A significant proportion of the continent’s emissions reduction has been driven by outsourcing and other extraneous factors
In the past year, there have been many flip flops in authoritative projections of whether the European Union (EU) is on track to hit its Paris Agreement target of a 40 per cent reduction in emissions over 1990 levels by 2030. While last year’s edition of UNEP’s Emissions Gap Report estimated that the bloc was not on track to meet this commitment, the European Commission’s 2050 long term strategy document released around the same time argued that on the contrary, the country was on track to cut emissions by 45 per cent. This year, while the recently released Emissions Gap Report estimated that the bloc was on track to meet its targets, this has been challenged by The European environment —state and outlook 2020 report released on December 4 by the European Environment Agency. The report estimates that the continent is on track to reduce emissions by only 30 per cent by 2030 and thus not on track to meet its Paris Commitments.
The report has been published every five years since 1995 and this year marks the sixth edition. Covering a broad spectrum of environmental issues, it contains a chapter on climate change which notes the ongoing and potential impact of climate change on the EU, including the impact of climate change outside the continent which is fueling migration.
Noting that EU emissions in 2017 were 22 per cent lower than in 1990, the report argues that the decrease in the energy intensity of GDP has been the largest contributing factor. Energy intensity has been reduced by enhancing energy efficiency, as well as by the structural transformation of the economy away from industry towards services. What the report does not note is that with consumption continuing to grow unabated, industrial production (and consequent emissions) have merely been outsourced, most notably to China.
When net imports are accounted for, the EU’s total carbon footprint was 19 per cent higher than its domestic carbon footprint, which may be compared to its total GHG emission reduction of 22 per cent over 1990 levels in 2017. Britain, perhaps the most de-industrialised of EU member states, led the world in emissions from imports, which were as high as 40 per cent of its domestic emissions.
The report has neglected to mention another significant contributor to emissions mitigation in the EU since 1990. The fall of the Iron Curtain saw a drastic reduction in emissions in the Eastern bloc countries, as their economies collapsed, and this was followed by an ongoing structural transformation. Besides East Germany, 11 of these countries are now part of the EU.
As per the data presented in the report, of the 12 EU countries (including Germany) which had reduced their emissions by more than the EU average, eight (excluding Germany) were once behind the Iron Curtain, including the all of the top 6 performers measured by percentage emission reduction (see Countries which had reduced emissions by more than the EU average).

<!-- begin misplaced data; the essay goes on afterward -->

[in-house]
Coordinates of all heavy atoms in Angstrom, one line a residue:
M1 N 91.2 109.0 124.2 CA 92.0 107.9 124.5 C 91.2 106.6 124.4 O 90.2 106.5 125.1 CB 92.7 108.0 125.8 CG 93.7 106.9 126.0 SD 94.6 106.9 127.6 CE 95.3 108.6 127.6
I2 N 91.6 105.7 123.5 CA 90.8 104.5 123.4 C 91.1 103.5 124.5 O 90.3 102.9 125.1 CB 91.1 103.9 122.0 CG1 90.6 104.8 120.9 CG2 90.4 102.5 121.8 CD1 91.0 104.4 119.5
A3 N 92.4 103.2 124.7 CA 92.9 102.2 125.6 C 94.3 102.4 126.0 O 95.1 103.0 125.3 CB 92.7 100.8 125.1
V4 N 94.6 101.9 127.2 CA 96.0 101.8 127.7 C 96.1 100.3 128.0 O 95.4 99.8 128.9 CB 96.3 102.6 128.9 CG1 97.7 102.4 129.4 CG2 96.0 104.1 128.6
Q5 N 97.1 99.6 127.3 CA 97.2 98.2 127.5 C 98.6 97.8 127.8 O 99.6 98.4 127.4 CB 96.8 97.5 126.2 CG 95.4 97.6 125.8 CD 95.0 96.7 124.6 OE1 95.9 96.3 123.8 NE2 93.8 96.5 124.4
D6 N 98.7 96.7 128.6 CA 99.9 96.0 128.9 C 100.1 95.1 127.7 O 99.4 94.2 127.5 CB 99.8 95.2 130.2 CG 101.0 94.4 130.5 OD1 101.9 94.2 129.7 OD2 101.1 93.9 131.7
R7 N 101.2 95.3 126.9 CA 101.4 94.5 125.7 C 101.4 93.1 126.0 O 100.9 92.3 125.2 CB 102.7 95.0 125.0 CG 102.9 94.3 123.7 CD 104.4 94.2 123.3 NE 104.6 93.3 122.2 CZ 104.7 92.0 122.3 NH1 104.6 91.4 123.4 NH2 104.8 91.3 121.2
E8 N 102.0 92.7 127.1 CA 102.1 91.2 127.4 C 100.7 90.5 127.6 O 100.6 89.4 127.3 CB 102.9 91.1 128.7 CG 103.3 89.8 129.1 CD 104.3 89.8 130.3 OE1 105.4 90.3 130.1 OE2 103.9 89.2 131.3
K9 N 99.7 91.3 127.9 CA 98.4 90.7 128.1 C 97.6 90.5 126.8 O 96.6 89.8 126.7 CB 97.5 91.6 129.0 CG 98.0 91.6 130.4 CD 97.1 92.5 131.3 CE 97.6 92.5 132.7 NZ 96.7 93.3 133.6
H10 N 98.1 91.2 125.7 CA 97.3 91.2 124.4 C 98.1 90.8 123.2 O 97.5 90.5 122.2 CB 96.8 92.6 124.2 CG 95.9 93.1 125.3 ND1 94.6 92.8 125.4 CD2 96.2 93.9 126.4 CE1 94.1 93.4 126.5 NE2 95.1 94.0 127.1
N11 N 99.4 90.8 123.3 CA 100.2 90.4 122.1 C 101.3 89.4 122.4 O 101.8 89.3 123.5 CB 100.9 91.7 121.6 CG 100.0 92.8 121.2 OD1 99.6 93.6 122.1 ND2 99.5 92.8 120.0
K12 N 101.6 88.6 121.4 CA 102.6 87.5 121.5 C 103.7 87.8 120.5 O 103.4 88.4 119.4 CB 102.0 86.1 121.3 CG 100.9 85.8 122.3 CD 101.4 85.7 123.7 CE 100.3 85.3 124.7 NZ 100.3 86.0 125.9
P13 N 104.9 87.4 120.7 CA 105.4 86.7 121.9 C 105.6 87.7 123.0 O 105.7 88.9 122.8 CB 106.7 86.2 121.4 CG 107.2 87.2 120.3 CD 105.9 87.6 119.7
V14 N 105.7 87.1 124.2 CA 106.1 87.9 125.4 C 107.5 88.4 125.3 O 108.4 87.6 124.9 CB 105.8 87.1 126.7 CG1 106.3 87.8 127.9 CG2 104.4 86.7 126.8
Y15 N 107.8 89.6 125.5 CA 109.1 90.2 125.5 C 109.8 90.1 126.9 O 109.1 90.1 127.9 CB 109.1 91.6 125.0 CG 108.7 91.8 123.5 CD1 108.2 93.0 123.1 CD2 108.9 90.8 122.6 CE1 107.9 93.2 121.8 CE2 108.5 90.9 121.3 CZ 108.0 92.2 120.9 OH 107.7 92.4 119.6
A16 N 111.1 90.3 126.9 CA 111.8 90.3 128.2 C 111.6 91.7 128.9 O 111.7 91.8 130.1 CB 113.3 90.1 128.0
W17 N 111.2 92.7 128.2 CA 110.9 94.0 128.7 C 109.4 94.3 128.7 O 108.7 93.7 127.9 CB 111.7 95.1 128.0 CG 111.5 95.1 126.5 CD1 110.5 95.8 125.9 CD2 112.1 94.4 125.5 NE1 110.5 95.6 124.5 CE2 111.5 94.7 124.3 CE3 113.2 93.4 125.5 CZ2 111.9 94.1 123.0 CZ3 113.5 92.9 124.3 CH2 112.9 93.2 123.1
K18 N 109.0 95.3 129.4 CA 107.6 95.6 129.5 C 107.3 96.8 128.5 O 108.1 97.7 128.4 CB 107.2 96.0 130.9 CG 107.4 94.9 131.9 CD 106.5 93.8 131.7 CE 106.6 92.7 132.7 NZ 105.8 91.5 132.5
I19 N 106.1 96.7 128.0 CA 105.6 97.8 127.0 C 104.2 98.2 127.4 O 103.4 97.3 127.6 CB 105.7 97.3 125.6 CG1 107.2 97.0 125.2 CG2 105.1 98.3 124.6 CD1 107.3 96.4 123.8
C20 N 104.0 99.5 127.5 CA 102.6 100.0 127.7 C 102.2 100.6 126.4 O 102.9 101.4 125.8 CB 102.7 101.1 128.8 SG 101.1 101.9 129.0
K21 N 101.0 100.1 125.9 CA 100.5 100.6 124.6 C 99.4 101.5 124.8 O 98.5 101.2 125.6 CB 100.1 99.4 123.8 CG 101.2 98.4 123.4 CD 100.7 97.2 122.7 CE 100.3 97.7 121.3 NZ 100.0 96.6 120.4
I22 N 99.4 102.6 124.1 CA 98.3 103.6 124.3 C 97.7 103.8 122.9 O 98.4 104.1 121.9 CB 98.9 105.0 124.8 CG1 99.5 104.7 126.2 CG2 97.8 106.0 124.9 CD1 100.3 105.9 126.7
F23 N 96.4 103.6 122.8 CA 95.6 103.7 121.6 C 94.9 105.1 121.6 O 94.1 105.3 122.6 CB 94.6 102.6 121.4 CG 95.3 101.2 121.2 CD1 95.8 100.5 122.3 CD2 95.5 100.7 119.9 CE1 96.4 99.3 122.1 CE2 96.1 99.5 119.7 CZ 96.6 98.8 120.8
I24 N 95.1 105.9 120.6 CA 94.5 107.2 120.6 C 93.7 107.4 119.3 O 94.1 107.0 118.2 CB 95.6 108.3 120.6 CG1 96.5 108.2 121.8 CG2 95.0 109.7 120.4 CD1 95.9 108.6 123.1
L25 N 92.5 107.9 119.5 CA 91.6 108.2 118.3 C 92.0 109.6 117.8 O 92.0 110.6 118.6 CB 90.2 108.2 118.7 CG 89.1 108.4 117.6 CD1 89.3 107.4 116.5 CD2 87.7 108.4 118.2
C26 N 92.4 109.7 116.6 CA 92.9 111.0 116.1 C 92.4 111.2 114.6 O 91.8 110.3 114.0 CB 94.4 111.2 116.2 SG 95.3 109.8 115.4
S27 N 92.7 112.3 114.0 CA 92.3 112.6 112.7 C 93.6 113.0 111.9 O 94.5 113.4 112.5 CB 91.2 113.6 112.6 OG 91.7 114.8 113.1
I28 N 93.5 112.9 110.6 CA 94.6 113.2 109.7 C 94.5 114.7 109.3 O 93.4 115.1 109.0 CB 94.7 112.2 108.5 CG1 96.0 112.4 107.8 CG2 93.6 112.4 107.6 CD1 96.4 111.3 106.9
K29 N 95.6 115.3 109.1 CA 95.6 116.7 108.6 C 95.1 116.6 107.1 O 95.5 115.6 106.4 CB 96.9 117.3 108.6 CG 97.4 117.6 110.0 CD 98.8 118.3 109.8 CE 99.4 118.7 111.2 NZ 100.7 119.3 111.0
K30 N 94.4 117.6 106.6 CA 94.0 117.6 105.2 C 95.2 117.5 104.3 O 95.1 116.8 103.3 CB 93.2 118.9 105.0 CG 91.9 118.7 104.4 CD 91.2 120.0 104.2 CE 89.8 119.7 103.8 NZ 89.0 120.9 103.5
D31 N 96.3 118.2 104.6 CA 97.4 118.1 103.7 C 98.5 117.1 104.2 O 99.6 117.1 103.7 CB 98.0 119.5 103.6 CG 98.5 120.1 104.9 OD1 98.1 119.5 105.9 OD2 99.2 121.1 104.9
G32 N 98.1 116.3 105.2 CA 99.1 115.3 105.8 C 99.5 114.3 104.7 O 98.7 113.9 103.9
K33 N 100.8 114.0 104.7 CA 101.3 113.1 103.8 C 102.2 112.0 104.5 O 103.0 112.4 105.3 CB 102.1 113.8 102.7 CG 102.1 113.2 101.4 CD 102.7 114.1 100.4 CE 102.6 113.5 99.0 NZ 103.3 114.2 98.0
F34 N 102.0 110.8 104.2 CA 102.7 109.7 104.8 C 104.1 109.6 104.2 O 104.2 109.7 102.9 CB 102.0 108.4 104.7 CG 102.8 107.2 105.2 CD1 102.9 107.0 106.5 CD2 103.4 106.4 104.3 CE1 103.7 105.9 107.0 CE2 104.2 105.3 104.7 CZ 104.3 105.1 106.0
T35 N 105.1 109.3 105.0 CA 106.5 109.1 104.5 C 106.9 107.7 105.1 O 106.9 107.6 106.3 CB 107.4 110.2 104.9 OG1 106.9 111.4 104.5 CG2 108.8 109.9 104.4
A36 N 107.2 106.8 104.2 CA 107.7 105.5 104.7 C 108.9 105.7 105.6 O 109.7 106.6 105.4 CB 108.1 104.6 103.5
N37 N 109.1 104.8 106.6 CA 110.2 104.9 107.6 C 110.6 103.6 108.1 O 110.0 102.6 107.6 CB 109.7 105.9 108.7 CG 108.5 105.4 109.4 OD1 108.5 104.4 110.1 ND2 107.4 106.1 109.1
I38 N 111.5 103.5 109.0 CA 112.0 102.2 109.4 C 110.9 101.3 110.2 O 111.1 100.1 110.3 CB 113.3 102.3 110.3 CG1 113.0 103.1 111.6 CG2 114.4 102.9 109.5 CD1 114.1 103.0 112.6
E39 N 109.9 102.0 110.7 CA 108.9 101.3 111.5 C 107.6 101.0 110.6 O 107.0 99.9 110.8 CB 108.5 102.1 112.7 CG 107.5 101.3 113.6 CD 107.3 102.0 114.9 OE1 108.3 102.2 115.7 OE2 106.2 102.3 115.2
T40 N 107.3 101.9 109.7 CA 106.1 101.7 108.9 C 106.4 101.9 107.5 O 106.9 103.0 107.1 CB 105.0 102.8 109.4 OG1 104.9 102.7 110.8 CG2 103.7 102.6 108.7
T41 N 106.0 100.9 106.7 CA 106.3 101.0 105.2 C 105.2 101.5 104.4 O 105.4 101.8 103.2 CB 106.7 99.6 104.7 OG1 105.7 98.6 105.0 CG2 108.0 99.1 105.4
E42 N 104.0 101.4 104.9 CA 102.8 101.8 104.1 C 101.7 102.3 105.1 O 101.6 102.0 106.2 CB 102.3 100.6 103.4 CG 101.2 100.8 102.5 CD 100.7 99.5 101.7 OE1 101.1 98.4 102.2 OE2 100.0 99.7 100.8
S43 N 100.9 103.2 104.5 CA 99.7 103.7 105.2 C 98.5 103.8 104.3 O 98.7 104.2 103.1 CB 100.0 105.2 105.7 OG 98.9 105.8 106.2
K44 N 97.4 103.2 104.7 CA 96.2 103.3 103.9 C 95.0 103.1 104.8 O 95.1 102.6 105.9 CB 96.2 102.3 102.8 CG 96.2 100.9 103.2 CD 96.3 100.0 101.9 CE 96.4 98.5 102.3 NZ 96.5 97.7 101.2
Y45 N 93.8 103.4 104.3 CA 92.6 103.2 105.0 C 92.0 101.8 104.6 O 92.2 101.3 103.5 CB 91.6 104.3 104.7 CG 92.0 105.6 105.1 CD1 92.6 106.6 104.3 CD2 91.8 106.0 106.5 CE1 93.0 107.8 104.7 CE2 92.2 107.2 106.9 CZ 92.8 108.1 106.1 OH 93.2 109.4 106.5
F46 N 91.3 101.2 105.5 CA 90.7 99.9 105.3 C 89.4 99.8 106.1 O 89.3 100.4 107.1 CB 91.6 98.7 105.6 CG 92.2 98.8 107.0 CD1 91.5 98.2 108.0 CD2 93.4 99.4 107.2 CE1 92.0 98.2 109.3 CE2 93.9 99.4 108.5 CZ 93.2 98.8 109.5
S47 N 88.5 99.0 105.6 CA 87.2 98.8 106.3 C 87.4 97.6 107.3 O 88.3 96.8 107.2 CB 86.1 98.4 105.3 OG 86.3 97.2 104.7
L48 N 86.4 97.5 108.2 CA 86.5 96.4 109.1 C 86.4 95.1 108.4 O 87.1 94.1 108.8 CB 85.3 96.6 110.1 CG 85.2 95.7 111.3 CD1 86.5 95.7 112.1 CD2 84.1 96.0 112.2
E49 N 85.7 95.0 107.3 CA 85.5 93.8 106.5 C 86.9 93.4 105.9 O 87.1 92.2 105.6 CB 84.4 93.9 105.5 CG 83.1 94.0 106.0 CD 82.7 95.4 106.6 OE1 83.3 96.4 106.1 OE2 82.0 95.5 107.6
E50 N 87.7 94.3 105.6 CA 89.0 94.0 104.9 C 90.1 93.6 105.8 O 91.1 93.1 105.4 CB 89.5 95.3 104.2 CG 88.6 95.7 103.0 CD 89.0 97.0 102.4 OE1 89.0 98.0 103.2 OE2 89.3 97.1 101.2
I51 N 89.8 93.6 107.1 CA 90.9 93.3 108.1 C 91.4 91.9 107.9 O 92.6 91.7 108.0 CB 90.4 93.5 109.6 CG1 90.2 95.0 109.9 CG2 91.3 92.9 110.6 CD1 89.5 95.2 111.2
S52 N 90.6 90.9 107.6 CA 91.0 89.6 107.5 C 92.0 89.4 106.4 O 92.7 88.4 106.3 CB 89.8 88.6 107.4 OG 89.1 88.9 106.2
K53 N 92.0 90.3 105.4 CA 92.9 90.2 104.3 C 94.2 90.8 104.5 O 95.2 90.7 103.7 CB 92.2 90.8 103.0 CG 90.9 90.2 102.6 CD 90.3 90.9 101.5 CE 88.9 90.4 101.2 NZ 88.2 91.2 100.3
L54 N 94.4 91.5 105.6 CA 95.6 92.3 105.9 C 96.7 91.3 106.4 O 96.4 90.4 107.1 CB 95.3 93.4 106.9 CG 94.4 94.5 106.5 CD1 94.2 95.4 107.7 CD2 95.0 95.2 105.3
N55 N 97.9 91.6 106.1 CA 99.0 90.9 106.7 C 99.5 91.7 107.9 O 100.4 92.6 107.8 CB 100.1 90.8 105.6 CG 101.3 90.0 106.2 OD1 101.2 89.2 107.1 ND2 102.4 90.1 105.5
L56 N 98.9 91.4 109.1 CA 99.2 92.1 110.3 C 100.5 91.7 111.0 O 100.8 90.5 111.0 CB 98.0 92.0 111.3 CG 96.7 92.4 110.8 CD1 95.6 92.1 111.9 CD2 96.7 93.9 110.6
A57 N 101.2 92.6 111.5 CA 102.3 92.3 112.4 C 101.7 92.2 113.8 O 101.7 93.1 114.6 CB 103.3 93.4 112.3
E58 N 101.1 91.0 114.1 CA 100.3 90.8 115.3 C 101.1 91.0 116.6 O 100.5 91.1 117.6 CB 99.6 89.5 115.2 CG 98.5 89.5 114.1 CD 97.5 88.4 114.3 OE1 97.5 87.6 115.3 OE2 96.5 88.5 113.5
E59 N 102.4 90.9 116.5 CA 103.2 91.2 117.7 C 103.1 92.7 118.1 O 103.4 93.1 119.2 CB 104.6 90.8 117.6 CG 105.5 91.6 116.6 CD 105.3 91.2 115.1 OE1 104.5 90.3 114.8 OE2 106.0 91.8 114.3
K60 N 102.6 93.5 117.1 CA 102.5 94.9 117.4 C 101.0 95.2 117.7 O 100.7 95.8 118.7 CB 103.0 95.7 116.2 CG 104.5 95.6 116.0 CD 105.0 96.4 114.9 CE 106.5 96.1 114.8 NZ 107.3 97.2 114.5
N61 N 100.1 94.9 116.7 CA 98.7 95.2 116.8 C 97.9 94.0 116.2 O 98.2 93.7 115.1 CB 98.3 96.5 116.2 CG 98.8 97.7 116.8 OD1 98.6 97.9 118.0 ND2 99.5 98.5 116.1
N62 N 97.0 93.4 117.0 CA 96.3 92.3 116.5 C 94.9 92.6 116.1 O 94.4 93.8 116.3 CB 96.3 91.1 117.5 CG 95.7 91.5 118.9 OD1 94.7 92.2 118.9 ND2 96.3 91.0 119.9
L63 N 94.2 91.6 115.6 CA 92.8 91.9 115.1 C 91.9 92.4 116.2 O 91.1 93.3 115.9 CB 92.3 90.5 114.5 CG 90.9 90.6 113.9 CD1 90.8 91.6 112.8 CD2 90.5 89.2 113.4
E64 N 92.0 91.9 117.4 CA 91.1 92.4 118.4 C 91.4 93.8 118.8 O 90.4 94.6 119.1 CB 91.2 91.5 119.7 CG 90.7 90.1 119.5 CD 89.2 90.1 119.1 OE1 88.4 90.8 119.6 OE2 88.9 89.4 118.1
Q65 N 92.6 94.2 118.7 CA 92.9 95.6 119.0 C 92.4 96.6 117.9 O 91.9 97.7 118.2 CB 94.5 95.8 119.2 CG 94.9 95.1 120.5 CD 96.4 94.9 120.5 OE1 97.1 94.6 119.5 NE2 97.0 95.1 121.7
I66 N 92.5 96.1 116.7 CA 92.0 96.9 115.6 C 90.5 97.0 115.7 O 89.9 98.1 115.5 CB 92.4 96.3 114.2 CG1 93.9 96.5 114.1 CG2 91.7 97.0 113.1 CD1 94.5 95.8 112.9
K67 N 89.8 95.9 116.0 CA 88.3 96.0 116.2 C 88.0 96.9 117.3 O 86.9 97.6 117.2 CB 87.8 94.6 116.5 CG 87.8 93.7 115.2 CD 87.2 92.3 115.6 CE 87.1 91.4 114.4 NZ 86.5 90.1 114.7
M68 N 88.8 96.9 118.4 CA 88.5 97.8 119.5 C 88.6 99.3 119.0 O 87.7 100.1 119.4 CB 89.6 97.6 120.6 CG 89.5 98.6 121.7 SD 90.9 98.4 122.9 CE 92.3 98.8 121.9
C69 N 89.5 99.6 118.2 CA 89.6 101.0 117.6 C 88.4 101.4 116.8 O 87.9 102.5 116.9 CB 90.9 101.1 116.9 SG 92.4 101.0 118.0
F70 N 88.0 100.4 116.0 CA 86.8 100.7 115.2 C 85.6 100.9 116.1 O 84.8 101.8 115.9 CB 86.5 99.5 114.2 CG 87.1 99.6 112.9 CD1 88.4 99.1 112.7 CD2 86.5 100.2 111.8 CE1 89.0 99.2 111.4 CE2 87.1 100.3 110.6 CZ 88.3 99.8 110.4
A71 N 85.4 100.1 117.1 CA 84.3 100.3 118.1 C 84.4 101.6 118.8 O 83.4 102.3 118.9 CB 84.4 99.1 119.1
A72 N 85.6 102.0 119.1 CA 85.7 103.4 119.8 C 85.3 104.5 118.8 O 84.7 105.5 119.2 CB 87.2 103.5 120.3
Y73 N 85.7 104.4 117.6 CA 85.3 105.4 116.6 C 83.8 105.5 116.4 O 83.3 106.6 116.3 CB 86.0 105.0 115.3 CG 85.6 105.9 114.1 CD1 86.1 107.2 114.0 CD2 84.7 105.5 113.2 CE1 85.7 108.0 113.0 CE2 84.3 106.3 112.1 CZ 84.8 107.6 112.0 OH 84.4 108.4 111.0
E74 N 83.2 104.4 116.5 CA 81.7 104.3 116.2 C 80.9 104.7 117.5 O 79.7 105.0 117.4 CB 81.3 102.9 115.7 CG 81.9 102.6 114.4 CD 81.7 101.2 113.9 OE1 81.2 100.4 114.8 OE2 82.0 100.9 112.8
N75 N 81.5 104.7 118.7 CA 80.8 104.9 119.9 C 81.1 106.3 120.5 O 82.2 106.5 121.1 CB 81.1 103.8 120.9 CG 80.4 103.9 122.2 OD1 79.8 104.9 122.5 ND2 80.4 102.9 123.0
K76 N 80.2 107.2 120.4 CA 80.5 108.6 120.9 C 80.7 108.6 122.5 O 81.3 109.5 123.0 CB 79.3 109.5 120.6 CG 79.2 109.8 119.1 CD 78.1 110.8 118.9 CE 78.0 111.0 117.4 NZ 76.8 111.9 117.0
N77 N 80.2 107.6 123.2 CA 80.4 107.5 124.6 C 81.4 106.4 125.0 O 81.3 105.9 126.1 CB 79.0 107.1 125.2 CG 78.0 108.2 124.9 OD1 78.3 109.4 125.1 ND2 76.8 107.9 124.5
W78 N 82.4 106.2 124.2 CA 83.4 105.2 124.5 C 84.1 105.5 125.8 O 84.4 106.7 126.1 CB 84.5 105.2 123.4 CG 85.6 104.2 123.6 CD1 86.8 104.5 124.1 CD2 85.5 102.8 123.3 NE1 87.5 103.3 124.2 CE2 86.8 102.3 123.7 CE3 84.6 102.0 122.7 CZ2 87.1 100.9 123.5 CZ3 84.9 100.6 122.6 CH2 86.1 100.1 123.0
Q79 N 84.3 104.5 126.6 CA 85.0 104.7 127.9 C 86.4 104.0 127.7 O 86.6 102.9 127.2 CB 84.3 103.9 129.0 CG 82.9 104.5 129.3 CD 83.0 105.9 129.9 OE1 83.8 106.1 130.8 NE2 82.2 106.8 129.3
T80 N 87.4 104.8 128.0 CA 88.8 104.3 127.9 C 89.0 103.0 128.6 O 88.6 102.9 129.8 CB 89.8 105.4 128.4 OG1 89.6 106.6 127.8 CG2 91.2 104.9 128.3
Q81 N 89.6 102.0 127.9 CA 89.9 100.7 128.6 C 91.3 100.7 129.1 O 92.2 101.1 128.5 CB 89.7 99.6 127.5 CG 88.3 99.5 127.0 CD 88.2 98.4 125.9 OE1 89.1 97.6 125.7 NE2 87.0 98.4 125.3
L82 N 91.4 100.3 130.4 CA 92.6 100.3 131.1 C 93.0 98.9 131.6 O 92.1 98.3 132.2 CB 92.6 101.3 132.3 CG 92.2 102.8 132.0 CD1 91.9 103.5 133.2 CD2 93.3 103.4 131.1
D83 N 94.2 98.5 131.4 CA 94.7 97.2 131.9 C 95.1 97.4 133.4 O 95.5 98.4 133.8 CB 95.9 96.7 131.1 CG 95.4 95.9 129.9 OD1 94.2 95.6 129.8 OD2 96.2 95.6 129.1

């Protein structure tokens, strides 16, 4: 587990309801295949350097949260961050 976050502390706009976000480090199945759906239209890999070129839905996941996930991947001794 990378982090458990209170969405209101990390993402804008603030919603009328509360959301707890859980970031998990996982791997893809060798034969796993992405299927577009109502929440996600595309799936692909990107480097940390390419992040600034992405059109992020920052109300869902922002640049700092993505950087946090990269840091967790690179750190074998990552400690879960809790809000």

Of the EU’s 28 member states, these eight former communist states (Lithuania, Latvia, Romania, Estonia, Slovakia, Bulgaria, Czechia and Hungary) alone accounted for 29.5 per cent of the 12.39 Gt CO2e net reduction in EU emissions between 1990 and 2017, despite their share of the EU’s population being only 11 per cent. "When the contribution of the other formerly communist member states of the EU (Poland, Slovenia and Croatia) is included, the Eastern bloc’s share of the EU’s net mitigation rises to 35 per cent. This substantial reduction in emissions, fueled by historical events rather than by concerted climate action, is a textbook case of what the Paris Agreement’s calls “differing national circumstances”. This strongly indicates that the EU’s climate targets must be much more ambitious.
Major economies amongst the laggards were Italy, France and the Netherlands (see Countries which reduced emissions by less than the EU average).
Six EU countries have actually increased their emissions since 1990, led by Cyprus whose emissions increased by over 55 per cent (see EU countries whose emissions increased, 1990-2017).
In the EU, emissions from some large industrial sources are governed by an EU-wide carbon market called the EU Emissions Trading System (ETS), while emissions from other sectors are covered by what is called the Effort Sharing Regulation (formerly called Effort Sharing Decisions) which allocates national targets. Of the net reduction in emissions between 2005 and 2017, the report notes that two-thirds was accounted for by sectors covered by the ETS, even though these sectors accounted for only 40 per cent of all EU emissions.
This does not, however, indicate that carbon markets are a more efficient means of emissions reduction. As the report notes, the post-2008 economic slowdown has affected sectors covered by the ETS disproportionately, and this industrial contraction has led to a significant reduction in sectoral emissions. When emissions from energy supply were allocated to the end-user sectors, the largest emission reductions in the period following the economic recession were largely accounted for by industry as a whole.